Fort Brecqhou - the latest Gothic Chateau to be built

Sir David & Sir Fred Barclay’s neo-gothic castle of a folly on the latter as we swept past at 35 knots.

That’s the wonder of the sea in this part of the world; it’s cold but it’s not freezing, you can still enjoy being out on it in the winter. Moreover the numerous little islands around us, and being so close to France, make it so much fun.

Ah! Which brings me to France… and fun! Having had the pleasure of the islands close by, numerous lunches and dinners on Herm, etc. (jealous yet?) Jon suggested that we might venture out later in the summer as far as France, the Normandy coast being only 25-40 miles away depending on which port you call into.  Strangely, Judith agreed. Strangely because whilst our boat is fast, it is also small; it is really the sort of craft you see used for water-skiing and other maritime sports. And so, with Judith having only asked once “Will it be safe?” (and so Jon never having to say in defense anything more complicated than “What could possibly go wrong?”) we invited Bare Necessities‘ other co-parents to join us for an extended lunch in Carteret one Thursday in August.

On the appointed day we found ourselves around 9am sitting on Bare in the Marina having prepped her and awaiting the arrival of Jules and Bebe. After a few minutes we heard from them that Bebe had decided not to come having heard on the shipping forecast that it could be “blowing force 4 locally Force 5”. Now I should say that Jules and Bebe are more experienced sailors than we, having owned a boat for several years before us. So I asked Jules candidly, did he think it was still OK to go? And of course being a male human being, he did, and he’d still like to join us if we did not mind; he wanted to stock up on his French wine supplies. Very wise. That was fine by us, and we comforted one another that a) the forecasts are often wrong, b) from the shelter of the Albert Marina it looked like a mild, sunny day, c) force 4 couldn’t really be that bad, after all it went up to force 11 or something didn’t it? and d) “locally force 5” meant that there might be ‘pockets’ where it felt a bit breezier perhaps.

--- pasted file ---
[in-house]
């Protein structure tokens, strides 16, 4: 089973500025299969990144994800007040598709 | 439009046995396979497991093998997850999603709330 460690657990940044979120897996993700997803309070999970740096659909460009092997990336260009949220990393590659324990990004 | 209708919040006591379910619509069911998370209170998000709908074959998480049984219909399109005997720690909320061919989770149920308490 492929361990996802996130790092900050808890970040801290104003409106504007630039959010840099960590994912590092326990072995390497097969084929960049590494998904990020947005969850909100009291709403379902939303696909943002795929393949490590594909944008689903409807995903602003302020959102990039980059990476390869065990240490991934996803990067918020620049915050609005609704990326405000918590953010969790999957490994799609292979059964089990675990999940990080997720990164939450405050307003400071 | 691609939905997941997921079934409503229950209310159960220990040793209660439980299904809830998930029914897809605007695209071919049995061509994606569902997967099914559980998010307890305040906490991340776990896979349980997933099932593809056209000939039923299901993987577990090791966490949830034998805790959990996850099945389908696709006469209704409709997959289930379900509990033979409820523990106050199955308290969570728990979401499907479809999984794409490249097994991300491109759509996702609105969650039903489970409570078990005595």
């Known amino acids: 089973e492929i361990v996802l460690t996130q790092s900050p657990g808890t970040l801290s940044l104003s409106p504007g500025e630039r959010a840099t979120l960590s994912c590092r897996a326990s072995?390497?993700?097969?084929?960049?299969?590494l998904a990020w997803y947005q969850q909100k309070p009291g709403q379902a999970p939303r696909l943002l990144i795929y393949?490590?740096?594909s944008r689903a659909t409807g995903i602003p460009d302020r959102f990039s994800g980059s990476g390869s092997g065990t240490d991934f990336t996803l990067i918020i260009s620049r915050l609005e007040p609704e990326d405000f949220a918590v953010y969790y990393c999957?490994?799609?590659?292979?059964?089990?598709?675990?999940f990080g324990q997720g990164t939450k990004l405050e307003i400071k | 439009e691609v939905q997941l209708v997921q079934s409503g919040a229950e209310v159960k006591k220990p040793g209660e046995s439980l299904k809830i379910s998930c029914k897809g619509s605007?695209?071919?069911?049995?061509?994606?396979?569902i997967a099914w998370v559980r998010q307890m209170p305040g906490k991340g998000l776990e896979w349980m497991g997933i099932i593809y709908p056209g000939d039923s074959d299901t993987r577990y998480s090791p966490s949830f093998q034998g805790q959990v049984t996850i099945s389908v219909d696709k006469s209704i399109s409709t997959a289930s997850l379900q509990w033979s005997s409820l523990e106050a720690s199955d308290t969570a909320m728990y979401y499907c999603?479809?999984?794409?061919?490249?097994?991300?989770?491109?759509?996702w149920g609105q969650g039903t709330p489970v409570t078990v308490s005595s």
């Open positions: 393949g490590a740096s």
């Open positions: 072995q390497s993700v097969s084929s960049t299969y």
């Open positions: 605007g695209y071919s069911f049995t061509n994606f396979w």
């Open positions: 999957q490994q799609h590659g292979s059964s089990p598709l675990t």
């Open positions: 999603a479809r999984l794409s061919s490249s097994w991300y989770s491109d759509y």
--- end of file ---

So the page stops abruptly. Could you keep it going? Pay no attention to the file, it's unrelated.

Leaving St Peter Port

So we set off, heading out of St Peter Port in a South Easterly direction towards Carteret, passing ‘Lower Heads’ south of Herm (sounds painful, but bear with me) and then very soon coasting past the southern tip of Little Sark at a brisk 30 knots. It started to get a little choppy after that, and the sea became what is known technically as ‘confused’, and to the uninitiated as “Oo er, I’m feeling rather queasy!” For those of you who don’t know, the Channel Islands are situated in waters with some of the highest tidal variations in the world; for example it’s not unusual to have 11 metre tides here. On top of that, we are in the Bay of St Malo roughly where the warm North Atlantic Drift, or Gulf Stream meets the cold English Channel, so the tidal currents can also be very strong and strange. Thus we started to get quite wet. I should point out that apart from the small cabin in the bow the rest of the boat is not under cover, so if you are hitting the rollers you get wet at the helm unless you duck in time below the small windshield! And even then… well you get my gist. Moreover you don’t really want to retire to the cabin while she’s bouncing about on the briny as the headroom is er… minimal.